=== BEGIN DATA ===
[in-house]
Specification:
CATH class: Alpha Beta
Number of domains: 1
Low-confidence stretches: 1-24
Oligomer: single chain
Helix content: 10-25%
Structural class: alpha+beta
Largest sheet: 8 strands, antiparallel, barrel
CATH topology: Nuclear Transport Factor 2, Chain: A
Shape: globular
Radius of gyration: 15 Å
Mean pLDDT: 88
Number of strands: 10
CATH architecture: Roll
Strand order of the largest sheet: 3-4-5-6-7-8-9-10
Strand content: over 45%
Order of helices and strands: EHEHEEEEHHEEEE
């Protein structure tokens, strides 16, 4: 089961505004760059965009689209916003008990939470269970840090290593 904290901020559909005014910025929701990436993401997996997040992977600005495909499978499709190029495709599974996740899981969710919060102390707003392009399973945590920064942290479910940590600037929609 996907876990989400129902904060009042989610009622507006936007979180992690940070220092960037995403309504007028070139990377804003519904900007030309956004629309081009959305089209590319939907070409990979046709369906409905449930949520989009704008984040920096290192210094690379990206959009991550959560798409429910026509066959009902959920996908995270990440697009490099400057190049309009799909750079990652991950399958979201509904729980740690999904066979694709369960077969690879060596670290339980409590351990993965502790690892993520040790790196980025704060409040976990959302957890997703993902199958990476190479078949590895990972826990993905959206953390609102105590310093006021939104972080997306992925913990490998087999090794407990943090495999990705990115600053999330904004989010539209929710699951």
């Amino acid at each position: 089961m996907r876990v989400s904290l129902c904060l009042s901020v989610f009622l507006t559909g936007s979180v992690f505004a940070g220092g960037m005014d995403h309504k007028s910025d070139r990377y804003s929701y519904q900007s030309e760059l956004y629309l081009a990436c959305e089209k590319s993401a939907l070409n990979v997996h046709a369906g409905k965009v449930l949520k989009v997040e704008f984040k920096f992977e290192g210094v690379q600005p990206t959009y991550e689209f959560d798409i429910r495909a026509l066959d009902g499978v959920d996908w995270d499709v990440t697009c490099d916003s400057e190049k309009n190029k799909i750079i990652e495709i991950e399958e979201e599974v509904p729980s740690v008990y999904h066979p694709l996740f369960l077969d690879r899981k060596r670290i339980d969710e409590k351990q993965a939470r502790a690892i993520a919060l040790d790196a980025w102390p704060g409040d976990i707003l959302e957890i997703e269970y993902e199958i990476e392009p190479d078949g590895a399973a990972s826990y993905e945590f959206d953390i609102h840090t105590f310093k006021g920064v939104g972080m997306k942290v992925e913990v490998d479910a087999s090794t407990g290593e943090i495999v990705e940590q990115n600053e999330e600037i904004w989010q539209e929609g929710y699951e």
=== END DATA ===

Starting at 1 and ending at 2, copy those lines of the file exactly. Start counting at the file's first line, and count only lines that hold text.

[in-house]
Specification: